The Humphrey Field Analyzer (HFA) 24-2 Swedish Interactive Threshold Algorithm (SITA) standard program is widely accepted and can provide reasonably accurate, reliable, and reproducible visual field outcomes in patients with glaucoma [13, 14]. However, it is not easily portable, and the cost of the device restricts its availability to patients from underprivileged places and those in rural and remote areas. It also requires the presence of trained personnel to set up and run the testing program. Touch screens and tablet devices such as iPad have provided new opportunities for alternative forms of testing [15, 16]. The development of a tablet-based perimeter follows from an early suprathreshold test developed on iPad generation 1 (Visual Field Easy app), which was observed to be useful in visual field screening in Nepal . The Melbourne Rapid Fields (MRF; FDA cleared class 1 device) is an iPad-based perimeter application (iPad 3 or later) that allows in-office or remote visual field testing due to its low cost and easy portability. MRF has been shown to produce comparable results to the HFA and has good intrasession test-retest repeatability [18–21]. It has been shown to be robust to variations in ambient light, blur, and viewing distance .
The purpose of the present study was to compare visual field results obtained using MRF iPad-based perimeter software and HFA 24-2 SITA standard program in patients with glaucoma in a clinical setting in North India. The present study is also useful to understand the potential of an alternative method to “bowl perimetry” due to concerns regarding the decontamination of “bowl perimetry” in the current coronavirus disease 2019 (COVID-19) pandemic period . The highlights of this study include its exclusive study population of Asian origin and identification of new aspects of MRF software that need further development.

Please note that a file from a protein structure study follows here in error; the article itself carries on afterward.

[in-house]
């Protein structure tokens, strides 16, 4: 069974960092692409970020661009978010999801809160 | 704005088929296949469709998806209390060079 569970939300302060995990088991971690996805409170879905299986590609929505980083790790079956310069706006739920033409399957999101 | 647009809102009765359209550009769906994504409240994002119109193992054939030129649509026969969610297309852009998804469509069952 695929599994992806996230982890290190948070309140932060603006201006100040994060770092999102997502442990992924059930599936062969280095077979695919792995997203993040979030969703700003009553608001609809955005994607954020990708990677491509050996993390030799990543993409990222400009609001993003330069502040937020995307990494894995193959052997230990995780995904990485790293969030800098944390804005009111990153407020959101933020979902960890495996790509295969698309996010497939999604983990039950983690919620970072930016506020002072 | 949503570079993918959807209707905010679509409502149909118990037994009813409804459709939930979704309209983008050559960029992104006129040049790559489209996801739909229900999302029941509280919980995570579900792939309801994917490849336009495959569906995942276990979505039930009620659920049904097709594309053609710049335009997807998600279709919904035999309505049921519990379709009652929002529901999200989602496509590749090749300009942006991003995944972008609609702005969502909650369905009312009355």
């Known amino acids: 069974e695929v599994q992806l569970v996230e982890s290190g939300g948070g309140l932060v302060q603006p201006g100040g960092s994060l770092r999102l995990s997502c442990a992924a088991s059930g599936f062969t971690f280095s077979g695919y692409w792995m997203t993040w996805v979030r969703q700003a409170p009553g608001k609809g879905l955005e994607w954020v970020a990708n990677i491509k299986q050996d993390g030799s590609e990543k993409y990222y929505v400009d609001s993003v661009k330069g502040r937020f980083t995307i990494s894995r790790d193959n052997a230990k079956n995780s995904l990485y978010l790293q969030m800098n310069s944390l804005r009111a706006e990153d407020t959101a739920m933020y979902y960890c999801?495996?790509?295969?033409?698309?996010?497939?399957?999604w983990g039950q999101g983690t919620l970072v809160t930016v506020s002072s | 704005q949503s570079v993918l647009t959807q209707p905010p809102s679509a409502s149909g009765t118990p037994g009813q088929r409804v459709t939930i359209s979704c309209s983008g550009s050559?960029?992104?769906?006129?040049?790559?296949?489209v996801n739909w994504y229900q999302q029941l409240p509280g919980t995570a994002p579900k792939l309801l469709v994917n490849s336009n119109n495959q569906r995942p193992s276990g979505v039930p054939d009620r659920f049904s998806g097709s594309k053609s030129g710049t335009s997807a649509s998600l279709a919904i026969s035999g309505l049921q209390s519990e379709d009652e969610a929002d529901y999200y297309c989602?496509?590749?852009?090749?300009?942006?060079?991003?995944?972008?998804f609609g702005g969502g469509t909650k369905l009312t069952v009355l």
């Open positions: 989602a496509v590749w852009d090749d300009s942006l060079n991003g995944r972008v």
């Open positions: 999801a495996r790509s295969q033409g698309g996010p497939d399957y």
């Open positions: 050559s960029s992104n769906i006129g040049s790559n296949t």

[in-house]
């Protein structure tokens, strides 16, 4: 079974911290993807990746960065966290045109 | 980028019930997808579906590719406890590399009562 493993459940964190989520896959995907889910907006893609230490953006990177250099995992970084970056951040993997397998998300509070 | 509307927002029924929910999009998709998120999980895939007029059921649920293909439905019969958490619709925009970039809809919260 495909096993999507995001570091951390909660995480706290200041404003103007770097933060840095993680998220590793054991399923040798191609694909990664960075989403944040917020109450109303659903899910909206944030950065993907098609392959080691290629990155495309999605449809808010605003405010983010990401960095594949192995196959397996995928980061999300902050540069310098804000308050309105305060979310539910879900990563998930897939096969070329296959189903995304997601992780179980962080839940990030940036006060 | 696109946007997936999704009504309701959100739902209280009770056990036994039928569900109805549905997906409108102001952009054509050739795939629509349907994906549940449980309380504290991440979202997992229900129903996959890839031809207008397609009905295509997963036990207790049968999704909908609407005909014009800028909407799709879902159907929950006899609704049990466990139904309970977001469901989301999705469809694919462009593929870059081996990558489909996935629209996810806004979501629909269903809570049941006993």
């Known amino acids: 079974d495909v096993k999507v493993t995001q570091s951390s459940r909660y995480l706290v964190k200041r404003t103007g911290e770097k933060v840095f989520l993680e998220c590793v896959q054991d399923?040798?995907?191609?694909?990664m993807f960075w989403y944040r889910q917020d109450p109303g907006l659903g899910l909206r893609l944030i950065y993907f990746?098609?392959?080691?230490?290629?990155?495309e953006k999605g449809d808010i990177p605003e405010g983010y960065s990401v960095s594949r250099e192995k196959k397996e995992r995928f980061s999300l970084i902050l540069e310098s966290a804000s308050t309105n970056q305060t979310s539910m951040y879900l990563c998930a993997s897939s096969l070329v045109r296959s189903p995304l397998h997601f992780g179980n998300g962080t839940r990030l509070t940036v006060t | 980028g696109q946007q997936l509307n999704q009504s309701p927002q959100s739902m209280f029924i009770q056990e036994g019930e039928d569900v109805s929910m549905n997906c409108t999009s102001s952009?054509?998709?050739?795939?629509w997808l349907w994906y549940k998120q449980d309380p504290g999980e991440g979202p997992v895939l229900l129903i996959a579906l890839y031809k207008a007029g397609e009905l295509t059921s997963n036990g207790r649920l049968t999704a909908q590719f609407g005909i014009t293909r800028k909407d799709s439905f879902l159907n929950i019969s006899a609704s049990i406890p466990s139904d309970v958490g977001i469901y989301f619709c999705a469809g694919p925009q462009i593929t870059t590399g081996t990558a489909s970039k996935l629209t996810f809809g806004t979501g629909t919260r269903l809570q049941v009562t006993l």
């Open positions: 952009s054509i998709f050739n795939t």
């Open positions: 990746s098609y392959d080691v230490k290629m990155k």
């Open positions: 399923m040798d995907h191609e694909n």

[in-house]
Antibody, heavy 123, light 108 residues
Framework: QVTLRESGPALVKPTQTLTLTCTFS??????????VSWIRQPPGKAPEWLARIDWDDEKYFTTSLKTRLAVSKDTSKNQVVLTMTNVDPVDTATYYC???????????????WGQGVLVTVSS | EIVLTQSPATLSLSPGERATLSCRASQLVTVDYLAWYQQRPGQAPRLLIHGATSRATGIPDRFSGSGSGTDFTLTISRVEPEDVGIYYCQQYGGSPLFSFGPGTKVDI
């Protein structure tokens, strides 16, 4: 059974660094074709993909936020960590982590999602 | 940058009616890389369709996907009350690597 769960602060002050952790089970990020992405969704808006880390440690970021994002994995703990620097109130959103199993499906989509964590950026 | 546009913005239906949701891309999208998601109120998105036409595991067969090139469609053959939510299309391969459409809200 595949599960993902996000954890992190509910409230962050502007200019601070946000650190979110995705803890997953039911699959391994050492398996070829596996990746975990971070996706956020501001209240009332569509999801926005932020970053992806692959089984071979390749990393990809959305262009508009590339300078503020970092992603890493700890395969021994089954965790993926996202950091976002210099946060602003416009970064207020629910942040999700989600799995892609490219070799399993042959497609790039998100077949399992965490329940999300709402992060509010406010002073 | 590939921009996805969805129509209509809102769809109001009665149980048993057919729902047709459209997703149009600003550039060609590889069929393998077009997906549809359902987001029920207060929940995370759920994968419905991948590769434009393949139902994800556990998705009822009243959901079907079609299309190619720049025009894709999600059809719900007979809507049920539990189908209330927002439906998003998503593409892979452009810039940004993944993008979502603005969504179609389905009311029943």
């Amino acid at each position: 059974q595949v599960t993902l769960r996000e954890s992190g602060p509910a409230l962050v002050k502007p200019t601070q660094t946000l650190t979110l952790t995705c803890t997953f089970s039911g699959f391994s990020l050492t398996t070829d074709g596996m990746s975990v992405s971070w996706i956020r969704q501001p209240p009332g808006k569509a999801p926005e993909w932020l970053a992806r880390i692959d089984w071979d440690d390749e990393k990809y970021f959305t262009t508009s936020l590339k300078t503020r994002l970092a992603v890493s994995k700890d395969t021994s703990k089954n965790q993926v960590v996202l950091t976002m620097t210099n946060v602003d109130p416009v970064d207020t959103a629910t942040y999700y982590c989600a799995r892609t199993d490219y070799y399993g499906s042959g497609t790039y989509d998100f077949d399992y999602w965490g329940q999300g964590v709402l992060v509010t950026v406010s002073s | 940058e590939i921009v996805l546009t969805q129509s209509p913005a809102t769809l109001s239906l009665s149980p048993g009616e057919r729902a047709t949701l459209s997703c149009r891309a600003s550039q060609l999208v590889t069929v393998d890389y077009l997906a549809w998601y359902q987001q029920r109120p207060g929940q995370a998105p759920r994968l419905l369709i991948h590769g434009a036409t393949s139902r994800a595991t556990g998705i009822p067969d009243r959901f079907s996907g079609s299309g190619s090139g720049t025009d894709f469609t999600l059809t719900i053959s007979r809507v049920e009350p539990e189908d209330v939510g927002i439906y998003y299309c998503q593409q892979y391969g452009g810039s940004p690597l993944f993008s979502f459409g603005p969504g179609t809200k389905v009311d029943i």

2. Materials and Methods
A cross-sectional observational study was conducted at the Centre for Sight Eye Hospital, New Delhi, India, to compare MRF iPad-based perimeter software and HFA 24-2 SITA standard program in patients with glaucoma. Informed consent was obtained from each patient according to the tenets of the Declaration of Helsinki.
Inclusion criteria included patients between 20 and 70 years of age having a diagnosis of glaucoma, previous experience with threshold perimetry on HFA, visual acuity ≥6/18, the spherical equivalent refractive error between -4 dioptres (D) and +4D, and astigmatism ≤2.5D. Glaucoma diagnosis was based on the presence of reproducible visual field defects on the HFA 24-2 SITA standard program with corresponding structural defects in the optic disc on clinical examination. Patients who were unable to do the perimetry test due to any systemic illness, patients with ocular disease other than glaucoma, or patients with the neurological disease were excluded.
2.1. MRF Strategy